A grey/lilac chambray which initially was sought for lining but on closer inspection is now destined for a skirt @£2/metre
A spotty rayon in an unusual blue with off white spot again @£2/metre.  Unfortunately after pre-wash I’ve noted a slight flaw but the dress I've picked has some gathering so shouldn’t show too much.  Do check if you bought this fabric as I know I wasn’t the only one who was attracted to it.
Another Liberty bargain which Marie spotted too, which initially we thought was a copy but on feeling the fabric you could tell it was the real thing and @£8/metre a real bargain.

So I’ve gone ahead and ordered two new patterns from Doe and Deer loved the Réglisse dress that both Claire and Sabs and wore so the dotty fabric is already allocated for this.

 …So I have now progressed with my first Birmingham make with my Liberty floral.
I had had the Craftsy tutorial for Christine Hayes ‘Sassy Librarian blouse’ gifted to me which I had watched, then completely forgotten about. It wasn't until I read Tilly’s blog, who met up with Christine recently in the UK that I remembered I had it.  The video tutorials are very good and although I’ve been sewing for a while it is good to see how others put things together. Easy to construct (didn’t make a muslin) but shortened the length and added width at hips (I do this with all patterns).  This is a very close fitting style and ideal for those who like a tailored fit. For me I found I had to take out one of the back darts and narrow the front ones for it to feel comfortable and I also had  to narrow the hem in the sleeves (I have fleshy upper arms).  However the neckline and collar I’m really pleased with and they lay and sit well.  So almost a perfect blouse but oh dear… a slight accident! On the neckline buttonhole my buttonholer (which I’m still not 100% with) jammed half way through and broke the needle and I had to unpick. The Liberty lawn is so fine and stitches were so embedded I sliced the fabric a little when unpicking.  I’ve gone over with a zig-zag to prevent fraying but it’s in such an obvious place.  Anyone have any ideas of how I can disguise this?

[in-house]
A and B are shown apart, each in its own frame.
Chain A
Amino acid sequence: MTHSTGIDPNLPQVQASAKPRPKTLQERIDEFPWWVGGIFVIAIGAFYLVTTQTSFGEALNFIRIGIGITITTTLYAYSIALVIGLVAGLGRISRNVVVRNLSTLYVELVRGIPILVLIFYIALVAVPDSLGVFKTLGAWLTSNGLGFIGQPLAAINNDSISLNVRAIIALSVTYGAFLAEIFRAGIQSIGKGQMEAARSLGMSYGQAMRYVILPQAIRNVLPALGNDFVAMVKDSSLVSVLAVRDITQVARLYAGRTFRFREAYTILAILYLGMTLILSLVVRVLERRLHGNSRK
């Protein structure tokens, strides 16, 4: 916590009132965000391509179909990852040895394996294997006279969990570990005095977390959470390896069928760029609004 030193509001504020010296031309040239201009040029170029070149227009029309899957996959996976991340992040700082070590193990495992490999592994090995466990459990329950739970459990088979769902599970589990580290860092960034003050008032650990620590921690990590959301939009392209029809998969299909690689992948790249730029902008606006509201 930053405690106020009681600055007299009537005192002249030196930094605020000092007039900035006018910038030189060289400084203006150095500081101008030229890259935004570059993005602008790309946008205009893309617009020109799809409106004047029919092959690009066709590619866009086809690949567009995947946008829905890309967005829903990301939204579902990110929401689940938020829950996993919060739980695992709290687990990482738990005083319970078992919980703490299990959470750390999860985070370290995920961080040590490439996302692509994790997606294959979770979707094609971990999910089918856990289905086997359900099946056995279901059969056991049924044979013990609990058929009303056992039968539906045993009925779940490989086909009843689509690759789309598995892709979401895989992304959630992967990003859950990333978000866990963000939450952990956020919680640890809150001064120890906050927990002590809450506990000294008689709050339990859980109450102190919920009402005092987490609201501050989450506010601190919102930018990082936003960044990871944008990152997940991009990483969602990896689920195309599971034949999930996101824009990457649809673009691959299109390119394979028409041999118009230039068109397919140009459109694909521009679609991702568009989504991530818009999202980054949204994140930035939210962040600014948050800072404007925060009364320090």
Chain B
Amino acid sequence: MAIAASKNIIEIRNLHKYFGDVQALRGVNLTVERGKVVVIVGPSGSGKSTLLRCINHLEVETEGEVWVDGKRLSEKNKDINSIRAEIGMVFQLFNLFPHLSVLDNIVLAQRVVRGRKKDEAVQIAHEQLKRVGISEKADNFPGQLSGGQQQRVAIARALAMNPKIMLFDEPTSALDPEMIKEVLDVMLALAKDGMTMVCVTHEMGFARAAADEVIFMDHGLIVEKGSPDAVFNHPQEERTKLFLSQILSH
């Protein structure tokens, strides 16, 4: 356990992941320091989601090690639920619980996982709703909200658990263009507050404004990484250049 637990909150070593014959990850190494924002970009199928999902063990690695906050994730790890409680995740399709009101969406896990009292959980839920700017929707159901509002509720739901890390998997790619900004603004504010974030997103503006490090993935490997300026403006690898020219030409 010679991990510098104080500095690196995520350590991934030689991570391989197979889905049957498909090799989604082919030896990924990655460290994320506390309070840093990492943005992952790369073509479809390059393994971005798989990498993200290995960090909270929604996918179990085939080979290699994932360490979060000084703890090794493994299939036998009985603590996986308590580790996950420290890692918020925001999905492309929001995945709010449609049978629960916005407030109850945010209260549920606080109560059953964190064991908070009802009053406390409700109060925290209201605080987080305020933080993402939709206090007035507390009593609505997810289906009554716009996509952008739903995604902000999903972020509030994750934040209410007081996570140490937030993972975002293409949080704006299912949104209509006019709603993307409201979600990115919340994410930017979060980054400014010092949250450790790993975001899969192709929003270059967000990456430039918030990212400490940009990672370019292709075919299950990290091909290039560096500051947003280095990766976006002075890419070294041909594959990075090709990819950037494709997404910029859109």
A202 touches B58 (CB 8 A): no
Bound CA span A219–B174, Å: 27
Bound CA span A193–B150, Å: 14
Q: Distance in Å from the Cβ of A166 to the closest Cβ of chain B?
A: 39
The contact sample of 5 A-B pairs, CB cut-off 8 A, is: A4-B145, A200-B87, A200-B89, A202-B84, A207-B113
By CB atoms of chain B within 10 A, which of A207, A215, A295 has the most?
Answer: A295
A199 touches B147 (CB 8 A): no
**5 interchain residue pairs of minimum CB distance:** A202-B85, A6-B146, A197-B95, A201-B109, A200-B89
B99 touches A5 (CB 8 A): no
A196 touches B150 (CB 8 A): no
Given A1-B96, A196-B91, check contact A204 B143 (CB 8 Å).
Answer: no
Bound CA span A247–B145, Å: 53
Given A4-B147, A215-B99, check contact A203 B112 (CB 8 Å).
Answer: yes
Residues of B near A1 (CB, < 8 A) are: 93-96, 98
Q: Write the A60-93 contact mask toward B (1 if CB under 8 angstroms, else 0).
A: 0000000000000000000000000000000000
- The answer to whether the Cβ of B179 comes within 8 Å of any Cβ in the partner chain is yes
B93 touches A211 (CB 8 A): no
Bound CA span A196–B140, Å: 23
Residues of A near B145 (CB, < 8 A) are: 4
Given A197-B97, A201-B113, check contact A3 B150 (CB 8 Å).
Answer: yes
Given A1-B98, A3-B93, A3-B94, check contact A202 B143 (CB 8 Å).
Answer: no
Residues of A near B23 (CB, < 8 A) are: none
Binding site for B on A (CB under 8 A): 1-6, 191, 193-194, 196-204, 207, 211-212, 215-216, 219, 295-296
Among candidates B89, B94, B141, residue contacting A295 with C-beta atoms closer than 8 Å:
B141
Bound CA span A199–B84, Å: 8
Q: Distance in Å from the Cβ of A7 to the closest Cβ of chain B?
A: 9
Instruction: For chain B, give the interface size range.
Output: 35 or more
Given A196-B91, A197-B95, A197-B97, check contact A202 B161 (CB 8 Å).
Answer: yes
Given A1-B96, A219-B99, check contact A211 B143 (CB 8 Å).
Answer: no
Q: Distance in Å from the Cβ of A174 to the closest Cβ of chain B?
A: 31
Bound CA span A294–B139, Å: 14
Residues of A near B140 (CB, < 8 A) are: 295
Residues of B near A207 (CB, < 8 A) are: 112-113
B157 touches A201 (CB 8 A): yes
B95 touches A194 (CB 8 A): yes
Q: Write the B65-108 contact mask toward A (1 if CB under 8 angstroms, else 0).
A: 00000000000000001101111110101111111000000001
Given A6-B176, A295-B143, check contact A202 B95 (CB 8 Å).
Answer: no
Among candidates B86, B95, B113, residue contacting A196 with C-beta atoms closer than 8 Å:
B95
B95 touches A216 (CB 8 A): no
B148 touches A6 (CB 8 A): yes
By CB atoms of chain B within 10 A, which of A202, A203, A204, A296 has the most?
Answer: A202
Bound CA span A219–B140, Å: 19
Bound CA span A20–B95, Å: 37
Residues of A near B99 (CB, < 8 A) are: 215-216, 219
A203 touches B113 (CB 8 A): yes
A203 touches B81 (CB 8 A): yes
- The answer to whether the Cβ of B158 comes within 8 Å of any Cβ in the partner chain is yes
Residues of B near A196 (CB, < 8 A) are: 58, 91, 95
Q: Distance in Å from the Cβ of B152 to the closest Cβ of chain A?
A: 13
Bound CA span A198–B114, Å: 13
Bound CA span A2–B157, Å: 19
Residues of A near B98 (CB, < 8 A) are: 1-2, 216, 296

I think Rosie is a bit drunk because the
collar looks a little wonky - but because
I'm rather anal I've gone and measured
it and it is equal.
...Just to ran up another top this morning another Liberty print which I bought at the Harrogate Knit and Stitch show last year. Pattern is Simplicity 1693 very simple and easy to construct - would recommend it for a beginner plus quite a few different options.  I did view D with contrast collar and B sleeves only shaping is the darts so a looser fit. 
My next project is a dress not yet made one as I generally find dresses hard to find that fit, and have got out of the habit of wearing them.  So here we go...

Saturday, 1 June 2013

A week off so time to sew

This is my first week off where work hasn’t been the major focus, so dust covers off and ready to stitch.  Before I show what I have made this week a few missing photo’s of well-worn garments. 


Renfew came to the rescue on this previous disastrous knit make – all went well although neckline was rather baggy.  No way was I unpicking this - so threaded some 6 mm elastic through the neckline casing which neatly gathers it in.